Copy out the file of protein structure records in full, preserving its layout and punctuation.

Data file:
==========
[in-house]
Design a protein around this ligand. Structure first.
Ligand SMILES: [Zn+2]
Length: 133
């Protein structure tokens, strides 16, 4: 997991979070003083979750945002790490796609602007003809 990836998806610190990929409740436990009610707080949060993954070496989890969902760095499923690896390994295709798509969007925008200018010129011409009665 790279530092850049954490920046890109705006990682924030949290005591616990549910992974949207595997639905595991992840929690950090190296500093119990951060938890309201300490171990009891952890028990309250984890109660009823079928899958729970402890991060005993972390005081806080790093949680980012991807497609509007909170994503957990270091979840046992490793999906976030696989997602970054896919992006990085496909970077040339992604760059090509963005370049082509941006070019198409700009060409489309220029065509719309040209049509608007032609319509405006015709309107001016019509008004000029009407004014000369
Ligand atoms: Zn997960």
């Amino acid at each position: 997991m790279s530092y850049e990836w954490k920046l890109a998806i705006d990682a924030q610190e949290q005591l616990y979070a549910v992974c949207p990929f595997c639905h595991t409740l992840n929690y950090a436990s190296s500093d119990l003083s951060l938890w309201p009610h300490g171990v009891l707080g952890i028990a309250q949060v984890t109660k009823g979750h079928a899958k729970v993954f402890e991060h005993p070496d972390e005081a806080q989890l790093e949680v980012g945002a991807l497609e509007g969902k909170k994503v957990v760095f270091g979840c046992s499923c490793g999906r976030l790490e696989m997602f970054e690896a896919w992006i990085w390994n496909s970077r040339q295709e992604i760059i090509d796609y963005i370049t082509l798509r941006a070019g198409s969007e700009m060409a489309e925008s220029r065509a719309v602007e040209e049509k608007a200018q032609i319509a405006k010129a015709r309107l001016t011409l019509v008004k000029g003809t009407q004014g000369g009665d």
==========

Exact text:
[in-house]
Design a protein around this ligand. Structure first.
Ligand SMILES: [Zn+2]
Length: 133
């Protein structure tokens, strides 16, 4: 997991979070003083979750945002790490796609602007003809 990836998806610190990929409740436990009610707080949060993954070496989890969902760095499923690896390994295709798509969007925008200018010129011409009665 790279530092850049954490920046890109705006990682924030949290005591616990549910992974949207595997639905595991992840929690950090190296500093119990951060938890309201300490171990009891952890028990309250984890109660009823079928899958729970402890991060005993972390005081806080790093949680980012991807497609509007909170994503957990270091979840046992490793999906976030696989997602970054896919992006990085496909970077040339992604760059090509963005370049082509941006070019198409700009060409489309220029065509719309040209049509608007032609319509405006015709309107001016019509008004000029009407004014000369
Ligand atoms: Zn997960």
């Amino acid at each position: 997991m790279s530092y850049e990836w954490k920046l890109a998806i705006d990682a924030q610190e949290q005591l616990y979070a549910v992974c949207p990929f595997c639905h595991t409740l992840n929690y950090a436990s190296s500093d119990l003083s951060l938890w309201p009610h300490g171990v009891l707080g952890i028990a309250q949060v984890t109660k009823g979750h079928a899958k729970v993954f402890e991060h005993p070496d972390e005081a806080q989890l790093e949680v980012g945002a991807l497609e509007g969902k909170k994503v957990v760095f270091g979840c046992s499923c490793g999906r976030l790490e696989m997602f970054e690896a896919w992006i990085w390994n496909s970077r040339q295709e992604i760059i090509d796609y963005i370049t082509l798509r941006a070019g198409s969007e700009m060409a489309e925008s220029r065509a719309v602007e040209e049509k608007a200018q032609i319509a405006k010129a015709r309107l001016t011409l019509v008004k000029g003809t009407q004014g000369g009665d």